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A mysterious group that claims to have stolen tools once used by the NSA published material Sunday to show it is in possession of Microsoft Windows software exploits.
Screenshots of the alleged exploits in use, along with a comprehensive list of filenames and directories were all shared by the enigmatic group the “Shadow Brokers,” in a new blog post. Beyond the supplementary evidence is a set of encrypted folders, each protected by a PGP key. The encrypted folders presumably hold the actual, functioning exploits Rendition Infosec founder Jake Williams told CyberScoop.
Inspection - Filenames - Directories - Clues - Hacking
A meticulous inspection of the aforementioned filenames and directories provides some clues about where the hacking tools came from and when they were developed.
Cybersecurity experts tell CyberScoop the viewable evidence suggests the existence of advanced hacking tools, which could be used to exfiltrate data, destroy digital forensic evidence, attribute old cyberattacks and compromise numerous systems running older versions of Windows. The Shadow Brokers are supposedly selling the exploits for roughly $850,000 worth of bitcoin in total.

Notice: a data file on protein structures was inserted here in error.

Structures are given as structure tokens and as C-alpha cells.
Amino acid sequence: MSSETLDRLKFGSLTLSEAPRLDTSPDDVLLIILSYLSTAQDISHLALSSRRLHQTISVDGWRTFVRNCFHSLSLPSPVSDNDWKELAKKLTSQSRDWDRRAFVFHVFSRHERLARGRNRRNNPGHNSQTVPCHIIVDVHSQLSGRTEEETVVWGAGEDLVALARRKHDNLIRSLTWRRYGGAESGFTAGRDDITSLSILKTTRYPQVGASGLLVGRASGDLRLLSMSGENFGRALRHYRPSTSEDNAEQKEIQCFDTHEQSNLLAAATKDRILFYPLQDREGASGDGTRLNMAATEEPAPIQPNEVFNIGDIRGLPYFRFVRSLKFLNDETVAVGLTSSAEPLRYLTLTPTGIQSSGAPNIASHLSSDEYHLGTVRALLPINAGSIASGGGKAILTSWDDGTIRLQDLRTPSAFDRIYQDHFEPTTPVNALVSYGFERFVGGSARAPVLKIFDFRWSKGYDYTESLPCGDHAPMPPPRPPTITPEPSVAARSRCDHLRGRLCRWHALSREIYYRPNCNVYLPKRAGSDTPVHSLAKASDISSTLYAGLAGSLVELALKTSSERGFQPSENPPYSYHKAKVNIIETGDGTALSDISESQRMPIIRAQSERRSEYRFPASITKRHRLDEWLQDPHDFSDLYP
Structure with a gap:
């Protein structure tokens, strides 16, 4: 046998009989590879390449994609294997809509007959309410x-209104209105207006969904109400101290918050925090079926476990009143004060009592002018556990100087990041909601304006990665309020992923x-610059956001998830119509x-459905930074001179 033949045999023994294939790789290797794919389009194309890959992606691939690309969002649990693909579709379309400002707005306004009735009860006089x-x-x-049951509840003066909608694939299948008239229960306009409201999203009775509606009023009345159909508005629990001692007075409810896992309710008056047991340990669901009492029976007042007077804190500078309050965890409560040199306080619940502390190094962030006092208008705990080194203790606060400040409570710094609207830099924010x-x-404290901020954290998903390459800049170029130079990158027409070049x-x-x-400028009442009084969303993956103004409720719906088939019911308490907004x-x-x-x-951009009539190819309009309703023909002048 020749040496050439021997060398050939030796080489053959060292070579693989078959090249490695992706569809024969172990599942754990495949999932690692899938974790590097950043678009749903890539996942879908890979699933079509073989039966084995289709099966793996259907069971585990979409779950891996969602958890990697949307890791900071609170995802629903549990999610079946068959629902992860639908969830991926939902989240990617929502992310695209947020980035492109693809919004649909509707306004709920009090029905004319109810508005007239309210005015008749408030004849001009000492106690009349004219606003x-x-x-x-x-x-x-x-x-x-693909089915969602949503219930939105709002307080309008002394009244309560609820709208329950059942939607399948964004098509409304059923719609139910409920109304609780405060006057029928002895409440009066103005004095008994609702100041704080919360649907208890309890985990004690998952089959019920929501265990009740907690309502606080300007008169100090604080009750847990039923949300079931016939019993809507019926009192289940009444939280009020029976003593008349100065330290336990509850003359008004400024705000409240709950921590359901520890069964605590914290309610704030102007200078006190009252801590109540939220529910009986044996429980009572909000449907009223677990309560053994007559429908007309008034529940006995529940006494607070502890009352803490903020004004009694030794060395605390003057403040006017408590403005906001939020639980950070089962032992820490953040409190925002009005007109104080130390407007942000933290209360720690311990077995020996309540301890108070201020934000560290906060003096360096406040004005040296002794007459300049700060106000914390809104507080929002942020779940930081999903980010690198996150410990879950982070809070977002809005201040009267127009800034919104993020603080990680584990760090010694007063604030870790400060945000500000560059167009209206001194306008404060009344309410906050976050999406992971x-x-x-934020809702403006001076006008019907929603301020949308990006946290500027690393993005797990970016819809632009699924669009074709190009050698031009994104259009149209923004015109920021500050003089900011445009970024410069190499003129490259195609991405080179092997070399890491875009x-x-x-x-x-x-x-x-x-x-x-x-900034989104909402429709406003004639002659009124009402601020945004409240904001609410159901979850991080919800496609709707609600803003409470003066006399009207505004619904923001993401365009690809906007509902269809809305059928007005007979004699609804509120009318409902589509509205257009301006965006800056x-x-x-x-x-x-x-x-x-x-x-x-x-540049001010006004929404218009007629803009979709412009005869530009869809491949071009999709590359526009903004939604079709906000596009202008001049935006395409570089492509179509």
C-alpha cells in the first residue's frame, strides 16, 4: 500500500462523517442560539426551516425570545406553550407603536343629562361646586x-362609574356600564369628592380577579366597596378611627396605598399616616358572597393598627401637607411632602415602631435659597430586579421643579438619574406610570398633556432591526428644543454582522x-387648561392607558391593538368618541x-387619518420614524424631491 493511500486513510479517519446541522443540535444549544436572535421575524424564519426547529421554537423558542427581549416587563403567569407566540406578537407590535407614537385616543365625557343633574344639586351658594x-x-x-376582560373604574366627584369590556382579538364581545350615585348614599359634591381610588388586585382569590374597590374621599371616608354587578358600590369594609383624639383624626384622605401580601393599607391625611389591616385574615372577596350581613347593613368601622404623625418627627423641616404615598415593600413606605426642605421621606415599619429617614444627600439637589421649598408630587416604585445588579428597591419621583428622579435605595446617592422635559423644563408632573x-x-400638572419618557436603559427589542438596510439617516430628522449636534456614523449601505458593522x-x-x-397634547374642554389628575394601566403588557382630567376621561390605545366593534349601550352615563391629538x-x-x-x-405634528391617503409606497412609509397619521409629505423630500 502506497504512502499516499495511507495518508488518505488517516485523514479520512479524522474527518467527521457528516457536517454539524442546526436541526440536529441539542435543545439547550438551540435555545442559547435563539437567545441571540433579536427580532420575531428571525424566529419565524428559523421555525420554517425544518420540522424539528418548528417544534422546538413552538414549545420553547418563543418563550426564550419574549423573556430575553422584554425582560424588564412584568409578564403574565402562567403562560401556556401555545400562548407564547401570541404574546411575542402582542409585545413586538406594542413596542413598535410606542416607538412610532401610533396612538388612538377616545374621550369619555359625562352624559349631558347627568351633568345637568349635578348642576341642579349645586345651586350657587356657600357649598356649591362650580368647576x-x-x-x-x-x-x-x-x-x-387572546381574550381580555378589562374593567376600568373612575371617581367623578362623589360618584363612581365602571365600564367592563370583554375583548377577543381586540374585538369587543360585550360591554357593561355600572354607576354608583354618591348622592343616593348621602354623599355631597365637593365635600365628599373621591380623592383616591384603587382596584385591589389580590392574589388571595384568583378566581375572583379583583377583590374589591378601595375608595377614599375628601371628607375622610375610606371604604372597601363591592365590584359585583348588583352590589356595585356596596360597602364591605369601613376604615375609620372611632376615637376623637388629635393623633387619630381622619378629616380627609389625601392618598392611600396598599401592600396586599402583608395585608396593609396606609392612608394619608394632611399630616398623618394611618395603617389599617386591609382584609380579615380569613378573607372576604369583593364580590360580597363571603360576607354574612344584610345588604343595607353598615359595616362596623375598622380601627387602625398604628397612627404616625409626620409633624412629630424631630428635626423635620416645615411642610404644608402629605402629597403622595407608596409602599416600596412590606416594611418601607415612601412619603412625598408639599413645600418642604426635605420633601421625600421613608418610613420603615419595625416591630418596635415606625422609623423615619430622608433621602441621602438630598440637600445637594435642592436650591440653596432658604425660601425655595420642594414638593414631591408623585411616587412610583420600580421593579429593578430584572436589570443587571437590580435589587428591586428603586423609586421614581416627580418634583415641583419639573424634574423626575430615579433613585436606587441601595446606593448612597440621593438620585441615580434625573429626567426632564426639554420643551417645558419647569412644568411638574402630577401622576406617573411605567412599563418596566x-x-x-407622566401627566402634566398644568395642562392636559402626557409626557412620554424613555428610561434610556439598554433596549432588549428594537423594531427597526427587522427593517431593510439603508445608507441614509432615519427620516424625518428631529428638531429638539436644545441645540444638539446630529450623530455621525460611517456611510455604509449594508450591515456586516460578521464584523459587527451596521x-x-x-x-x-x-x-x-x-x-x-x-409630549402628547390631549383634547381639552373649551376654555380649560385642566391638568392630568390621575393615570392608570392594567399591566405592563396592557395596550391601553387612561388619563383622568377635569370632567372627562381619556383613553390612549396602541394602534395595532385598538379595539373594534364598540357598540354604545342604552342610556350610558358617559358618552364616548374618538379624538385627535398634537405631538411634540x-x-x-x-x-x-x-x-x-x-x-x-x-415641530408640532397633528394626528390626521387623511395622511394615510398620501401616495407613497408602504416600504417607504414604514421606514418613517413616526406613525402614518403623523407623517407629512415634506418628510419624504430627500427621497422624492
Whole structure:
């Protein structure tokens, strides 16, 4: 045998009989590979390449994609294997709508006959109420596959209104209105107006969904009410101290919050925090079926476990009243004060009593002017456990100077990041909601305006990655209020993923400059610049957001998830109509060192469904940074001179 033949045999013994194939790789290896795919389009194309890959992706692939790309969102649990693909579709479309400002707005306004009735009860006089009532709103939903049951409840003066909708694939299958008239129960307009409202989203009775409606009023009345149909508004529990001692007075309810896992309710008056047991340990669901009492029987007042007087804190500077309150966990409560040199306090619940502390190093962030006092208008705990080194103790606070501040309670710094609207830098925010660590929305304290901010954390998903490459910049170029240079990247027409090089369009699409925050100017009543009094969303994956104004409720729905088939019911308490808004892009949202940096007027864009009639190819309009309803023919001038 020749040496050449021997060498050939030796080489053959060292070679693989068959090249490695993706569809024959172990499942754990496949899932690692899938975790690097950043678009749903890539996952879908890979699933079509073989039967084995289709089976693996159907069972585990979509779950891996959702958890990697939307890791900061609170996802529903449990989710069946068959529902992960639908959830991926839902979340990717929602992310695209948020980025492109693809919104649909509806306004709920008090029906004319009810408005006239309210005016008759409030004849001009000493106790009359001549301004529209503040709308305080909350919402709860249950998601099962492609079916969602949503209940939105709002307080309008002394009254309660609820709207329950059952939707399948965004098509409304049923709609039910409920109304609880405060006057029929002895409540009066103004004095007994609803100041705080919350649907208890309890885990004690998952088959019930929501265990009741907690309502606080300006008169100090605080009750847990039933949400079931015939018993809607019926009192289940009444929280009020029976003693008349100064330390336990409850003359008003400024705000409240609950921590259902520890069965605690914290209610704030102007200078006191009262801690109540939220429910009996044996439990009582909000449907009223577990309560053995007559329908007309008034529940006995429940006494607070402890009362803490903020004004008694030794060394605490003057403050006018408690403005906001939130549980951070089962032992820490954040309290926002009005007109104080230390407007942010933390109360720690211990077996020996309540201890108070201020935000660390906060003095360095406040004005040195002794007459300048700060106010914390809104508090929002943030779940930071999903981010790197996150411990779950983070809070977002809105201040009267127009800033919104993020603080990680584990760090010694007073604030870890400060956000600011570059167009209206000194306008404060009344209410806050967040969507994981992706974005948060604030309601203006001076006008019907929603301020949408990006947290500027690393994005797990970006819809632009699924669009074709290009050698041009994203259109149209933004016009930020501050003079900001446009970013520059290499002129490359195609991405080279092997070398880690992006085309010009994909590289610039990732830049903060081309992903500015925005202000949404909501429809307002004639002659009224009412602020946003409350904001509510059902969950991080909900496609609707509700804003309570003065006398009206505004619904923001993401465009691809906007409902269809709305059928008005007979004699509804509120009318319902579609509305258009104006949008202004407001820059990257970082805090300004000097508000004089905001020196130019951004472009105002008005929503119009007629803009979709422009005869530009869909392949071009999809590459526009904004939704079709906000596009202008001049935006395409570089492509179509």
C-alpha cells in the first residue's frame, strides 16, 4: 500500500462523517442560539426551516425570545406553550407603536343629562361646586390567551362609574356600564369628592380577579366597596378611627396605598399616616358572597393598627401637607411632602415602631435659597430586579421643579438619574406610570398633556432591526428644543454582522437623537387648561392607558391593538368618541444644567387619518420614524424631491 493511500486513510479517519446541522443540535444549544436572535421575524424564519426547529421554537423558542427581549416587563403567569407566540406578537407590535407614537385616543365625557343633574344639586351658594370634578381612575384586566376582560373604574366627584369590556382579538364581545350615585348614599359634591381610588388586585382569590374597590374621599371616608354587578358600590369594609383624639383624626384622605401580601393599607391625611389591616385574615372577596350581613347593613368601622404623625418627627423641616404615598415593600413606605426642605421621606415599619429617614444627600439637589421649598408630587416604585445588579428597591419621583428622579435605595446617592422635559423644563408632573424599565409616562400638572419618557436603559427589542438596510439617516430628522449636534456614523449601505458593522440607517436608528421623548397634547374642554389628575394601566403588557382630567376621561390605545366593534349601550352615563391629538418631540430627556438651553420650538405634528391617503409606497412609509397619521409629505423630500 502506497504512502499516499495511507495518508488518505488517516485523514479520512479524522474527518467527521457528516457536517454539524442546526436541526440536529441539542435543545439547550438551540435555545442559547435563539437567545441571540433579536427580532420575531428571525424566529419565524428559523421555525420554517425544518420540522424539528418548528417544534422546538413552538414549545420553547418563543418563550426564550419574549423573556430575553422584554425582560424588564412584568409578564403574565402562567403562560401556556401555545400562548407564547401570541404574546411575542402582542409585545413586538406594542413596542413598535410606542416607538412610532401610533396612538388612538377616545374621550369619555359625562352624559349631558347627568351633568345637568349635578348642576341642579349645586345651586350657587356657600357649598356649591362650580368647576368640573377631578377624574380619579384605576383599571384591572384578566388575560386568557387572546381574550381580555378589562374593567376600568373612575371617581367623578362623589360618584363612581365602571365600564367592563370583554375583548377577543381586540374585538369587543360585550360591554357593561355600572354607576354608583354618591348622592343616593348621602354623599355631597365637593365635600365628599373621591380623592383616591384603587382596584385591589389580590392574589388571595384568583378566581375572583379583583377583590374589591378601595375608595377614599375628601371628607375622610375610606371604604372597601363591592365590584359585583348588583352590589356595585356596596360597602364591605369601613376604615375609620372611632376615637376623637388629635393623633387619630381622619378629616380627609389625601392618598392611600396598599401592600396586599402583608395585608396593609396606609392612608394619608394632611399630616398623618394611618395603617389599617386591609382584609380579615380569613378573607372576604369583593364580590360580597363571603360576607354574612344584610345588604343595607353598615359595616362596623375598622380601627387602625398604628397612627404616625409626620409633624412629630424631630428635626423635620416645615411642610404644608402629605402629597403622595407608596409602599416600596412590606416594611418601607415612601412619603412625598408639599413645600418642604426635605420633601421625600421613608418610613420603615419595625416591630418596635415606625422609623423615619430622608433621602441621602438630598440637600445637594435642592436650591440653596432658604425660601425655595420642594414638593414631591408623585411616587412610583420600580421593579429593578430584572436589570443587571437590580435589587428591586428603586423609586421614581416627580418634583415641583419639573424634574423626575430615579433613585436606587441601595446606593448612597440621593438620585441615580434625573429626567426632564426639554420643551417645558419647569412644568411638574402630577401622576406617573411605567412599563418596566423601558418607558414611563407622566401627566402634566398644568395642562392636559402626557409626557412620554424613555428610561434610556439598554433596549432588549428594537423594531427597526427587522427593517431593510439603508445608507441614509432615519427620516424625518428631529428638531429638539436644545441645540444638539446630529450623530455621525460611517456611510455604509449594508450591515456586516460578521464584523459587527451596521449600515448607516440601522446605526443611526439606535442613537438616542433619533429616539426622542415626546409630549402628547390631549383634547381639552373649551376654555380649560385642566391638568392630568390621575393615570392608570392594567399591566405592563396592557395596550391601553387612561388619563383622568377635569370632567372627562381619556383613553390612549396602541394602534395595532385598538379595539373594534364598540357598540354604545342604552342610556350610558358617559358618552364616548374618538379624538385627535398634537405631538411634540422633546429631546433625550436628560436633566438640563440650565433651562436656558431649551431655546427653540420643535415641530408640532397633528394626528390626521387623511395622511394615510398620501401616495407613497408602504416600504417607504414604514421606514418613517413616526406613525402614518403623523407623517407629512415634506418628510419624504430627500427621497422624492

Filenames - Directories - Shadow - Brokers - Behavior
“These filenames and directories look familiar to me … Based on their [Shadow Brokers] past behavior, other things they’ve posted, I have no reason to be believe they don’t have them,” a former U.S. intelligence official told CyberScoop on the condition of anonymity.
Microsoft security teams are aware of the leaked exploits and have begun investigating the incident.
Microsoft - Files - Williams - Vulnerability - Analyst
“[But] there’s not much for Microsoft to do until the files themselves are made public,” said Williams, a former vulnerability analyst with the Defense Department.
“Microsoft has telemetry where they get crash reports that include data about what caused a crash. Given that the Shadow Brokers’ are indicating they have zero days for IIS [Internet Information Services for Windows Servers], RDP [Microsoft Remote Desktop] and SMB [Microsoft Server Message Block], teams are likely taking a hard look at crash reports...
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